The study authors and the commentators stress that safer and simpler treatments are still needed for MDR TB. “The search is now on for regimens that could further reduce duration, toxicity, and pill burden,” note Dheda and Lange.

However, they also note that “substantial resistance” to bedaquiline is already emerging. “Therefore, if we are to protect key drugs from becoming functionally redundant, drug-susceptibility testing capacity will need to be rapidly improved to minimize resistance amplification and onward disease transmission.”

The study was funded by USAID and Janssen Research and Development. Goodall has disclosed no relevant financial relationships. Dheda has received funding from the EU and the South African Medical Research Council for studies related to the diagnosis or management of drug-resistant tuberculosis. Lange is supported by the German Center for Infection Research and has received funding from the European Commission for studies on the development of novel antituberculosis medicines and for studies related to novel diagnostics of tuberculosis; consulting fees from INSMED, a company that produced liposomal amikacin as an inhalative suspension for the treatment of nontuberculous mycobacterial pulmonary disease; speaker’s fees from INSMED, GILEAD, and Janssen; and is a member of the data safety board of trials from Medicines sans Frontiers, all of which are unrelated to the current study.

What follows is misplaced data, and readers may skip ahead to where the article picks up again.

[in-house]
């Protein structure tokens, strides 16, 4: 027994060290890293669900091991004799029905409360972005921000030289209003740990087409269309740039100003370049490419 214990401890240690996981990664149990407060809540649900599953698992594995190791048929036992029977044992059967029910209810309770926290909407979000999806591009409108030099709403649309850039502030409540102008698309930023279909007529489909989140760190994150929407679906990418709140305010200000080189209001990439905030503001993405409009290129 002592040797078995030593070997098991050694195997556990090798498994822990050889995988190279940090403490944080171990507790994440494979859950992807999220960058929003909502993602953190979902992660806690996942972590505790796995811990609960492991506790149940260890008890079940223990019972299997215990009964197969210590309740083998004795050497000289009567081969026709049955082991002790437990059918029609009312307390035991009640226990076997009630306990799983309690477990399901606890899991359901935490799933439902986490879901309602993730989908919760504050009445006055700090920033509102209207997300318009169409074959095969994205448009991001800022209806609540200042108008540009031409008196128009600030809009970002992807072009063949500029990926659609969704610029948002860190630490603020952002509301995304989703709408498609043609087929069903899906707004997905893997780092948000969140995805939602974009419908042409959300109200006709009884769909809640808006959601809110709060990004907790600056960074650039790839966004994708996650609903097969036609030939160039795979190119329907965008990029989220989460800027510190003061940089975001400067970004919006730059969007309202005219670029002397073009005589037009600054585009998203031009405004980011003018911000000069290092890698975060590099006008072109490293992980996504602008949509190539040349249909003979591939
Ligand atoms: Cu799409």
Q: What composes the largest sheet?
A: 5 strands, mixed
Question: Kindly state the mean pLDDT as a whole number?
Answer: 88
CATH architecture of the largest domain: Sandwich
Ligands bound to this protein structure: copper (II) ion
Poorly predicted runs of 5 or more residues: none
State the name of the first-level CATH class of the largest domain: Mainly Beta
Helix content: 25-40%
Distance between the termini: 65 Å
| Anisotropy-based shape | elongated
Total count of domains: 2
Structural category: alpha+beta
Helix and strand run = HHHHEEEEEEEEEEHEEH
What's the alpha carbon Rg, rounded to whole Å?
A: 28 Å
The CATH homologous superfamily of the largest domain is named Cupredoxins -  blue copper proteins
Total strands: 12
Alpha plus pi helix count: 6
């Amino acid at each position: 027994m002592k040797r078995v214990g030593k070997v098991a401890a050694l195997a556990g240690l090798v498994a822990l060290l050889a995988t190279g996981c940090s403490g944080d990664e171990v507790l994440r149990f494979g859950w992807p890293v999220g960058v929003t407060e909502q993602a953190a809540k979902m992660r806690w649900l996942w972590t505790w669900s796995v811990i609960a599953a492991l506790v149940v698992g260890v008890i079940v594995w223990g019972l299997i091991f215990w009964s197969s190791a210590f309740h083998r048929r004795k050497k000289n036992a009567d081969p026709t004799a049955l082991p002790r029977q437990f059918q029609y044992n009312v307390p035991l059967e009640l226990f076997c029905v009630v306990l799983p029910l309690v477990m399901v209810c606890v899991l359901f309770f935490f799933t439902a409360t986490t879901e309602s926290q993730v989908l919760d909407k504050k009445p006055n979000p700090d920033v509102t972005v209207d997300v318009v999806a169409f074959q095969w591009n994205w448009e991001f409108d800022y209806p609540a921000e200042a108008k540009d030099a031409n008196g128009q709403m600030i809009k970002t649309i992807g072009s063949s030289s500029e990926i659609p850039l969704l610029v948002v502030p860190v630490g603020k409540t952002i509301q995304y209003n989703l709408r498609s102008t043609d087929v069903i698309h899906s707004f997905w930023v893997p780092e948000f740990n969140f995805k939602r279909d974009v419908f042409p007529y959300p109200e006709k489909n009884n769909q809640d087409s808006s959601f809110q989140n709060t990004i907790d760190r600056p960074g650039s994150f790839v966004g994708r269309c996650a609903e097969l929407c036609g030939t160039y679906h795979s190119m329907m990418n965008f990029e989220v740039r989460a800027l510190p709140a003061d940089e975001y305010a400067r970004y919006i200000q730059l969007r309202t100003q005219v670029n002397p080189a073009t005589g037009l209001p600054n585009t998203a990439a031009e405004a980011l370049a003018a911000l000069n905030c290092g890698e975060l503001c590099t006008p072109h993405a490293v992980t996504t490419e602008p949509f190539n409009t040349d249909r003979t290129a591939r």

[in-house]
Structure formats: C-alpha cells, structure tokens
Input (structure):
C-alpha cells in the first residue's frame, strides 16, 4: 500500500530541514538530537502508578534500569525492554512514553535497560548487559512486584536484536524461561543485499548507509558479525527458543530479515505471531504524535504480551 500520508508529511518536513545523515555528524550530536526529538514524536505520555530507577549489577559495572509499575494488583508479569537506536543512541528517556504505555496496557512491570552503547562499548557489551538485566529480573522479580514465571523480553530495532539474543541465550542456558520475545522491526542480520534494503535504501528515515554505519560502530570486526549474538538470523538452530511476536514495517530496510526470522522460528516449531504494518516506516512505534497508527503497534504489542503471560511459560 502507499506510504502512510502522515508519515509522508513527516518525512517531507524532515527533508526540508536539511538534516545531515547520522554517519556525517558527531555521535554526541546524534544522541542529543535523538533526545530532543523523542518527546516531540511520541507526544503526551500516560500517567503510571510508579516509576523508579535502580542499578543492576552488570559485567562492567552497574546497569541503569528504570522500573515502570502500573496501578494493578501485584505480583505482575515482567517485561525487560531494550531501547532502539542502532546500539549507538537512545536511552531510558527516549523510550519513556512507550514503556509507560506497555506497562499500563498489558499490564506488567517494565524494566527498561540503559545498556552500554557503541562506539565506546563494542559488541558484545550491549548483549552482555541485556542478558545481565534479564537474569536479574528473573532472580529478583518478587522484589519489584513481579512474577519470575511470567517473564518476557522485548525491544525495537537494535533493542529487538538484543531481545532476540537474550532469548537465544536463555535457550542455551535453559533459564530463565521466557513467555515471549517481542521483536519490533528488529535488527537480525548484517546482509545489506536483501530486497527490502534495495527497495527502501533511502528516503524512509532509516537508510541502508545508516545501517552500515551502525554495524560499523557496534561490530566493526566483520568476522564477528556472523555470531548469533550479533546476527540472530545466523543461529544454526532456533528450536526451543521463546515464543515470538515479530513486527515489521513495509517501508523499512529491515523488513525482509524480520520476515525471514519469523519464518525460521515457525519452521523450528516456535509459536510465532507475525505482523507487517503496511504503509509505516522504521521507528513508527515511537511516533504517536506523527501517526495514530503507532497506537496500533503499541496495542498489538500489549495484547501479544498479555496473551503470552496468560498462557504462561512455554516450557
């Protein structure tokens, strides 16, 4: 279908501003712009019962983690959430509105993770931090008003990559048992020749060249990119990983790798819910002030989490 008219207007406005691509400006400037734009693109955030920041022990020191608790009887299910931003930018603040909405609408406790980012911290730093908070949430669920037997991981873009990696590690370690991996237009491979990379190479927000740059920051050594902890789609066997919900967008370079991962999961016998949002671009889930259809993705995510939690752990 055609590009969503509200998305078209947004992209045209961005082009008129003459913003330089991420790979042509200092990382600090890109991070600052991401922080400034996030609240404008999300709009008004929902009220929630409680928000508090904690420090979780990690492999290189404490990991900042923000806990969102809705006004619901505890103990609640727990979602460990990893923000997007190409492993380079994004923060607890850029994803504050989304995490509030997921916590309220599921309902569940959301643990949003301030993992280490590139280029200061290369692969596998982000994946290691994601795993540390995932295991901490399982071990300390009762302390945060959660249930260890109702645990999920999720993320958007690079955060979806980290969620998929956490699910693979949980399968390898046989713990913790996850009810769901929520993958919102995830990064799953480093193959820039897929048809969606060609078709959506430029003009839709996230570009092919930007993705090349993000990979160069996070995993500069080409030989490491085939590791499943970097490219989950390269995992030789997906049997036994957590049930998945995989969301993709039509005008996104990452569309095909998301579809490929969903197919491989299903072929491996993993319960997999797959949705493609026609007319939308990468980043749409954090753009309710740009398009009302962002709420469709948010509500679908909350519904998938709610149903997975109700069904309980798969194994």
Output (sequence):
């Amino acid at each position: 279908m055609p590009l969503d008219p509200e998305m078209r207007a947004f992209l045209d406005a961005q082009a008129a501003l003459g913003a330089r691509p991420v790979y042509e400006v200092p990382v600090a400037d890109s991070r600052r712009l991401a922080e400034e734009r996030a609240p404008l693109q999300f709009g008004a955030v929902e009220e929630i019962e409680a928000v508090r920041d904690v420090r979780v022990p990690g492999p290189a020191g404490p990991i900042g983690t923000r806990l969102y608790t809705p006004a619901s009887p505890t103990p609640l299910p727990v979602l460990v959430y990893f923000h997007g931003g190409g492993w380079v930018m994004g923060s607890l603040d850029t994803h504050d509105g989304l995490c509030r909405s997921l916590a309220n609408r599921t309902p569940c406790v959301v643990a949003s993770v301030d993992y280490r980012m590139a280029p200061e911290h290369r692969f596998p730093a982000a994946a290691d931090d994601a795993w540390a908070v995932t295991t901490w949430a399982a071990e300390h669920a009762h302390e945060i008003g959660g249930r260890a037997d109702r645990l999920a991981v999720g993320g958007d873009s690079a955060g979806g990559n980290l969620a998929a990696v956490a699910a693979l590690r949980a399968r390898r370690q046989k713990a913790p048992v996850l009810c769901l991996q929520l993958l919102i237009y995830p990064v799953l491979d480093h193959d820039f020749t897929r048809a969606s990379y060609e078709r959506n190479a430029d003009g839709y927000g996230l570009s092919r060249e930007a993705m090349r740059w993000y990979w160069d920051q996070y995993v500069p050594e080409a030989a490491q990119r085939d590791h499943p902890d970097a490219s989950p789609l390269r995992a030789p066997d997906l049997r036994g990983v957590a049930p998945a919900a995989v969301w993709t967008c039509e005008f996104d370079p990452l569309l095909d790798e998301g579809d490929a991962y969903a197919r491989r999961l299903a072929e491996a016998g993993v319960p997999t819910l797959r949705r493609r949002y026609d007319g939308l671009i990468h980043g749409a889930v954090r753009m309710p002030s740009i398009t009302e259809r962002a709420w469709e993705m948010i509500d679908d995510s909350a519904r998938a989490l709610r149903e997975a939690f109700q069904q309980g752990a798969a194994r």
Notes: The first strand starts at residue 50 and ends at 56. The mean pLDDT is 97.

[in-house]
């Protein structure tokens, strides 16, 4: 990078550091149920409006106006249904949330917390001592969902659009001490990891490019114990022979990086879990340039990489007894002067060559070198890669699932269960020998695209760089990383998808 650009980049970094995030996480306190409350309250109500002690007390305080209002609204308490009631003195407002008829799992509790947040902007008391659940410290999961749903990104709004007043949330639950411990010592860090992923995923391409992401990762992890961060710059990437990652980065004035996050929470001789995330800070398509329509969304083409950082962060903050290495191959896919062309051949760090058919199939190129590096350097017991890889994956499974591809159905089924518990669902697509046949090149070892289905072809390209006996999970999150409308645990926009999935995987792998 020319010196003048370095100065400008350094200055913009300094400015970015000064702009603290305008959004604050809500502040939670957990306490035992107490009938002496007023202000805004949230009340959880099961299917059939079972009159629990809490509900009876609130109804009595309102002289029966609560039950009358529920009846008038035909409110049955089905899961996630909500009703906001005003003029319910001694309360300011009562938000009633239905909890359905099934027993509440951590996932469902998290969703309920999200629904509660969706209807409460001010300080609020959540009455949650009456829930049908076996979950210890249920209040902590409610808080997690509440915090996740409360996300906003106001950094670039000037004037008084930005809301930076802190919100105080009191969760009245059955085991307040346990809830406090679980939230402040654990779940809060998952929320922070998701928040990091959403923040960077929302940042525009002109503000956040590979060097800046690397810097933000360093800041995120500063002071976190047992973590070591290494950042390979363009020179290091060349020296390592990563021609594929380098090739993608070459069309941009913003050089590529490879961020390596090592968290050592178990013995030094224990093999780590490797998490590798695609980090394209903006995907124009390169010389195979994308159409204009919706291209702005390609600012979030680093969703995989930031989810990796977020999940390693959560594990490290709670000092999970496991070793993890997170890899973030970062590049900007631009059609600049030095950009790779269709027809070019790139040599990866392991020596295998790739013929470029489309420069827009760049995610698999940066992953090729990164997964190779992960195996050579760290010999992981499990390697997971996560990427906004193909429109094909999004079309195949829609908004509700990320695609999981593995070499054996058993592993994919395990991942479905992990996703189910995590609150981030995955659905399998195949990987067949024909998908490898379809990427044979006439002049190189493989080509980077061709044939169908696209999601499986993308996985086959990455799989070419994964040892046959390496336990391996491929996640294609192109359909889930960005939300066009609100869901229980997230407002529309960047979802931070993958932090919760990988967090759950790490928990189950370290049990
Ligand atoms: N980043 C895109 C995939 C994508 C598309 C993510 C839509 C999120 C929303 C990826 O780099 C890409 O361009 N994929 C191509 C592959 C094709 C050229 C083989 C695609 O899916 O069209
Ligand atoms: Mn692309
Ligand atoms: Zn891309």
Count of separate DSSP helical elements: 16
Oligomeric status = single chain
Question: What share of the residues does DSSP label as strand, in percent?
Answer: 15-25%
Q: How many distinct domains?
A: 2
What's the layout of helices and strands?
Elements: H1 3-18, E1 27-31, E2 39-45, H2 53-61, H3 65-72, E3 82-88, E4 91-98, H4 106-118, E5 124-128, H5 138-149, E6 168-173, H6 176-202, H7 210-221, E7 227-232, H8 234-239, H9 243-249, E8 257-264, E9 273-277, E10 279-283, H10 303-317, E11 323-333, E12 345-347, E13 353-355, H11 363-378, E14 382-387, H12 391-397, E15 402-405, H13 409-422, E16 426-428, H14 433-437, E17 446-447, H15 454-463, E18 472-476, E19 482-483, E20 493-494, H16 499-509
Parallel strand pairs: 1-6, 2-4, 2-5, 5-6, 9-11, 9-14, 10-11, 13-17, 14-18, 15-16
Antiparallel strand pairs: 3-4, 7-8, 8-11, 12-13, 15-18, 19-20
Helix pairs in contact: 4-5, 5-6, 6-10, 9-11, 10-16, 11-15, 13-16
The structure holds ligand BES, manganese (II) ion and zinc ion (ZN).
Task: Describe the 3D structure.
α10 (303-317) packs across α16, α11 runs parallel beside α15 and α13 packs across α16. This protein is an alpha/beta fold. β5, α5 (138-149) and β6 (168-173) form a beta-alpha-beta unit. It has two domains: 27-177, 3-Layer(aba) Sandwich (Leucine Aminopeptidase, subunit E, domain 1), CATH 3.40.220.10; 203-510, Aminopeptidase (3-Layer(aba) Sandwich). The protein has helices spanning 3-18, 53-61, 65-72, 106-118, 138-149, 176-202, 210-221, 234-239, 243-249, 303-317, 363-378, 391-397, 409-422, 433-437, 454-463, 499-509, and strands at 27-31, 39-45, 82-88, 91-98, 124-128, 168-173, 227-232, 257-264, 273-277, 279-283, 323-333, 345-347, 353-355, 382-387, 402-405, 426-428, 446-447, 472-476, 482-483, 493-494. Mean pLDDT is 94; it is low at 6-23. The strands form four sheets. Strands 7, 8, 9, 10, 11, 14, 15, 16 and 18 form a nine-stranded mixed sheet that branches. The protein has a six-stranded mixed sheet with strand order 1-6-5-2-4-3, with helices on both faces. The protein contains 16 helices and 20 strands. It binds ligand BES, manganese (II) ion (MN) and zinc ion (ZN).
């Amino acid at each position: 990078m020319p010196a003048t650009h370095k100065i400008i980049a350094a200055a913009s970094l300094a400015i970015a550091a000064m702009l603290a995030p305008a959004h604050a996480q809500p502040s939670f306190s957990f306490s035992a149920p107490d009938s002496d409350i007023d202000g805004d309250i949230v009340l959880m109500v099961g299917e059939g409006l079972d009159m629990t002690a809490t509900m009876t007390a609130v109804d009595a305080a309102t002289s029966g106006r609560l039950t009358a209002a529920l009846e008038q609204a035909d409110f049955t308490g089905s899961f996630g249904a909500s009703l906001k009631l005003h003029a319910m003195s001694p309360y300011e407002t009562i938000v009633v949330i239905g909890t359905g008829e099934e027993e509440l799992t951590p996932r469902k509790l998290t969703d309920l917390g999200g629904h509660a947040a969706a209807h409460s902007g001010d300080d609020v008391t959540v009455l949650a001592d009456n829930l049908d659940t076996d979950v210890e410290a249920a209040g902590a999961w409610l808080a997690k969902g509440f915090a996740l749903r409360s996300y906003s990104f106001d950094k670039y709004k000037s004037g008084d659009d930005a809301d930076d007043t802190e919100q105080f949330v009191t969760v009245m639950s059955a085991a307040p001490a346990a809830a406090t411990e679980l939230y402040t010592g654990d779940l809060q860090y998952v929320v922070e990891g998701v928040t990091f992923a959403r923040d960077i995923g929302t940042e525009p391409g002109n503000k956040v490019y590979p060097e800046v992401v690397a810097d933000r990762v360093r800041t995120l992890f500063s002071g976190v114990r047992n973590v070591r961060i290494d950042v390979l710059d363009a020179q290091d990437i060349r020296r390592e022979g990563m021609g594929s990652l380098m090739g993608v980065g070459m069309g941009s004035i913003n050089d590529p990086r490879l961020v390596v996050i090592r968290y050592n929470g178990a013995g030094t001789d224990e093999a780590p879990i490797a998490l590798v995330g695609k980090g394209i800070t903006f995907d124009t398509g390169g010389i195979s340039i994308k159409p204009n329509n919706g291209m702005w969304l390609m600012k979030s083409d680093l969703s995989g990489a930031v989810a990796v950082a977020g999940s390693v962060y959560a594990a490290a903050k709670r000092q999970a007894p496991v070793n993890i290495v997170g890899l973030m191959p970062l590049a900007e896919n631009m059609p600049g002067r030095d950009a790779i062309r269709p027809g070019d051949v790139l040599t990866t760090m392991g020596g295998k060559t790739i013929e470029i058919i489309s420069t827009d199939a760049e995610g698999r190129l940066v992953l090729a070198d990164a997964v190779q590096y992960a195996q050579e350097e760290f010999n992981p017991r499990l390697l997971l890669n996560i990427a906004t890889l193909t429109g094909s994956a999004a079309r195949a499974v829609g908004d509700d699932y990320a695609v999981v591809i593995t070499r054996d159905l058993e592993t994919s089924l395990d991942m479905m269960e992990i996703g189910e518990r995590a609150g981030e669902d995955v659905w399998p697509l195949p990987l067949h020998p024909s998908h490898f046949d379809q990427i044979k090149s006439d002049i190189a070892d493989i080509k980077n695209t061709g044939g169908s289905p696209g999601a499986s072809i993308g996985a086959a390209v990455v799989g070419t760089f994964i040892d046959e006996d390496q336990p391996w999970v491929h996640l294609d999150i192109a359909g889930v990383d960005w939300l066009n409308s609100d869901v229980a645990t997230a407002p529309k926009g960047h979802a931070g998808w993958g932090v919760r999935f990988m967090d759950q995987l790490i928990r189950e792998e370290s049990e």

Lancet. Published online November 8, 2022. Full text, Comment

Kate Johnson is a Montreal-based freelance medical journalist who has been writing for more than 30 years about all areas of medicine,